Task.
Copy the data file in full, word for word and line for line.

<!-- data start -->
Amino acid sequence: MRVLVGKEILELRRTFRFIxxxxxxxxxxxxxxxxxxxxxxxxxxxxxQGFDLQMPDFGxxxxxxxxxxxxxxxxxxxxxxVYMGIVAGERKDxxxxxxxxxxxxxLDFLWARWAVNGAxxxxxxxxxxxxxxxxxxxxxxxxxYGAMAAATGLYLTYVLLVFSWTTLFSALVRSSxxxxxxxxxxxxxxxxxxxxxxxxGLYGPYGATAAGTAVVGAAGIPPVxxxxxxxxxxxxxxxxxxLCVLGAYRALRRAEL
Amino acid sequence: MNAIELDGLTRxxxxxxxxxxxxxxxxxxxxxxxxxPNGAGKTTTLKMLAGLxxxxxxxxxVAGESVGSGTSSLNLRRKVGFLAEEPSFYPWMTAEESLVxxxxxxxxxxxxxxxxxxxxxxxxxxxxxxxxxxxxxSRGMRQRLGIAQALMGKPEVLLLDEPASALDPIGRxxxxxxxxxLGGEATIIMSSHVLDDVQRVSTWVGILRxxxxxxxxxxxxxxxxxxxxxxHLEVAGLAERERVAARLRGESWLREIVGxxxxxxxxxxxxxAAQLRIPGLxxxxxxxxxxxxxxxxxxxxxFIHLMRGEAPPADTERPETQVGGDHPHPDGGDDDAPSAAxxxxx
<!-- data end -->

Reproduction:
Amino acid sequence: MRVLVGKEILELRRTFRFIxxxxxxxxxxxxxxxxxxxxxxxxxxxxxQGFDLQMPDFGxxxxxxxxxxxxxxxxxxxxxxVYMGIVAGERKDxxxxxxxxxxxxxLDFLWARWAVNGAxxxxxxxxxxxxxxxxxxxxxxxxxYGAMAAATGLYLTYVLLVFSWTTLFSALVRSSxxxxxxxxxxxxxxxxxxxxxxxxGLYGPYGATAAGTAVVGAAGIPPVxxxxxxxxxxxxxxxxxxLCVLGAYRALRRAEL
Amino acid sequence: MNAIELDGLTRxxxxxxxxxxxxxxxxxxxxxxxxxPNGAGKTTTLKMLAGLxxxxxxxxxVAGESVGSGTSSLNLRRKVGFLAEEPSFYPWMTAEESLVxxxxxxxxxxxxxxxxxxxxxxxxxxxxxxxxxxxxxSRGMRQRLGIAQALMGKPEVLLLDEPASALDPIGRxxxxxxxxxLGGEATIIMSSHVLDDVQRVSTWVGILRxxxxxxxxxxxxxxxxxxxxxxHLEVAGLAERERVAARLRGESWLREIVGxxxxxxxxxxxxxAAQLRIPGLxxxxxxxxxxxxxxxxxxxxxFIHLMRGEAPPADTERPETQVGGDHPHPDGGDDDAPSAAxxxxx